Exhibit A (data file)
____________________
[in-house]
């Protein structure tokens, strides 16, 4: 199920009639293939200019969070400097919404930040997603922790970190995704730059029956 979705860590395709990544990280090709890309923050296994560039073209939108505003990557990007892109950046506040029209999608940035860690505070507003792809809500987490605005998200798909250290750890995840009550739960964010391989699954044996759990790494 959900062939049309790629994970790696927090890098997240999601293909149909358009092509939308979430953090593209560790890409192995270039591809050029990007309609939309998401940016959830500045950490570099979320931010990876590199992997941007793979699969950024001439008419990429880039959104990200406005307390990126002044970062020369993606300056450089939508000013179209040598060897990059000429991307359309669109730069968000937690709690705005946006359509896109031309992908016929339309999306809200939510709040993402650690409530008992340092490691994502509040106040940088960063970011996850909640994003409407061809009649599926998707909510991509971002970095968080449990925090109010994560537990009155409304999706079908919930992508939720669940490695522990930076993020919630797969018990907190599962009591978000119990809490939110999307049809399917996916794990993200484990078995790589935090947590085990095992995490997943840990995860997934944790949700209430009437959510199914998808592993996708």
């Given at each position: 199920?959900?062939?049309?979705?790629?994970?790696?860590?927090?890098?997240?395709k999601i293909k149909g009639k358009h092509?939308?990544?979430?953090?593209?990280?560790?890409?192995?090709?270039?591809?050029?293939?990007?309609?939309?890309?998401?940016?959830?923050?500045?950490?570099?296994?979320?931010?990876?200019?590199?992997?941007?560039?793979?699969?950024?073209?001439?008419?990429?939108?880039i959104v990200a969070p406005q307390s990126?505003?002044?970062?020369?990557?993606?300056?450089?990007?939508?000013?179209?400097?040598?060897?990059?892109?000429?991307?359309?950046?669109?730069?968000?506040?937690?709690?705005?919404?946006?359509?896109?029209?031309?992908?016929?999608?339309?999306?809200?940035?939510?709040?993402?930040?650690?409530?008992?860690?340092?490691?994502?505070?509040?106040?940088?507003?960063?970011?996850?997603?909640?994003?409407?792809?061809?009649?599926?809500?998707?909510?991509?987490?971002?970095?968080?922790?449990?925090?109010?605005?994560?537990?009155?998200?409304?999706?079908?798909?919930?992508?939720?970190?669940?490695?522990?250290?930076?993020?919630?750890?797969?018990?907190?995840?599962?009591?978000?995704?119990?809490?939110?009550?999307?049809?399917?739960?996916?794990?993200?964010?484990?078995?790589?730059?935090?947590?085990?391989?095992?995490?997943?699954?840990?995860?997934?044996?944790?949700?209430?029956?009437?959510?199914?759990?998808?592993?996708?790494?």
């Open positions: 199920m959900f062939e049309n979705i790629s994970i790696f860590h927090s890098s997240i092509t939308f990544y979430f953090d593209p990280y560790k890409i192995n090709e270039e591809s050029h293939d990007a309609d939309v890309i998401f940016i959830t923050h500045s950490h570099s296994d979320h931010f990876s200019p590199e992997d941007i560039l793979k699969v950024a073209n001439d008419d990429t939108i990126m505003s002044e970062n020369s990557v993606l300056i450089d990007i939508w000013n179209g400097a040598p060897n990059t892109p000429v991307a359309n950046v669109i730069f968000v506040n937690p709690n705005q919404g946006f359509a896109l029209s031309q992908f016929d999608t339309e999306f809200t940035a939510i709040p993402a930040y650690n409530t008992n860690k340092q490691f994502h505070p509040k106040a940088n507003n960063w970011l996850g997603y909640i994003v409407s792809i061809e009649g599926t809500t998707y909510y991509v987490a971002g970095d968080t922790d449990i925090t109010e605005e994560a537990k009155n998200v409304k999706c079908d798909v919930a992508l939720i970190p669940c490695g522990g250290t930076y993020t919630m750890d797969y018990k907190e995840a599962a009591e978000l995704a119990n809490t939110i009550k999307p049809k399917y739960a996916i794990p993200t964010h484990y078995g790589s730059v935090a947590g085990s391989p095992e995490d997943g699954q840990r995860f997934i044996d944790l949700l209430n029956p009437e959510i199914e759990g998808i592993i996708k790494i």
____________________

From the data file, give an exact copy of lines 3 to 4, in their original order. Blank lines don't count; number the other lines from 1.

């Given at each position: 199920?959900?062939?049309?979705?790629?994970?790696?860590?927090?890098?997240?395709k999601i293909k149909g009639k358009h092509?939308?990544?979430?953090?593209?990280?560790?890409?192995?090709?270039?591809?050029?293939?990007?309609?939309?890309?998401?940016?959830?923050?500045?950490?570099?296994?979320?931010?990876?200019?590199?992997?941007?560039?793979?699969?950024?073209?001439?008419?990429?939108?880039i959104v990200a969070p406005q307390s990126?505003?002044?970062?020369?990557?993606?300056?450089?990007?939508?000013?179209?400097?040598?060897?990059?892109?000429?991307?359309?950046?669109?730069?968000?506040?937690?709690?705005?919404?946006?359509?896109?029209?031309?992908?016929?999608?339309?999306?809200?940035?939510?709040?993402?930040?650690?409530?008992?860690?340092?490691?994502?505070?509040?106040?940088?507003?960063?970011?996850?997603?909640?994003?409407?792809?061809?009649?599926?809500?998707?909510?991509?987490?971002?970095?968080?922790?449990?925090?109010?605005?994560?537990?009155?998200?409304?999706?079908?798909?919930?992508?939720?970190?669940?490695?522990?250290?930076?993020?919630?750890?797969?018990?907190?995840?599962?009591?978000?995704?119990?809490?939110?009550?999307?049809?399917?739960?996916?794990?993200?964010?484990?078995?790589?730059?935090?947590?085990?391989?095992?995490?997943?699954?840990?995860?997934?044996?944790?949700?209430?029956?009437?959510?199914?759990?998808?592993?996708?790494?």
């Open positions: 199920m959900f062939e049309n979705i790629s994970i790696f860590h927090s890098s997240i092509t939308f990544y979430f953090d593209p990280y560790k890409i192995n090709e270039e591809s050029h293939d990007a309609d939309v890309i998401f940016i959830t923050h500045s950490h570099s296994d979320h931010f990876s200019p590199e992997d941007i560039l793979k699969v950024a073209n001439d008419d990429t939108i990126m505003s002044e970062n020369s990557v993606l300056i450089d990007i939508w000013n179209g400097a040598p060897n990059t892109p000429v991307a359309n950046v669109i730069f968000v506040n937690p709690n705005q919404g946006f359509a896109l029209s031309q992908f016929d999608t339309e999306f809200t940035a939510i709040p993402a930040y650690n409530t008992n860690k340092q490691f994502h505070p509040k106040a940088n507003n960063w970011l996850g997603y909640i994003v409407s792809i061809e009649g599926t809500t998707y909510y991509v987490a971002g970095d968080t922790d449990i925090t109010e605005e994560a537990k009155n998200v409304k999706c079908d798909v919930a992508l939720i970190p669940c490695g522990g250290t930076y993020t919630m750890d797969y018990k907190e995840a599962a009591e978000l995704a119990n809490t939110i009550k999307p049809k399917y739960a996916i794990p993200t964010h484990y078995g790589s730059v935090a947590g085990s391989p095992e995490d997943g699954q840990r995860f997934i044996d944790l949700l209430n029956p009437e959510i199914e759990g998808i592993i996708k790494i």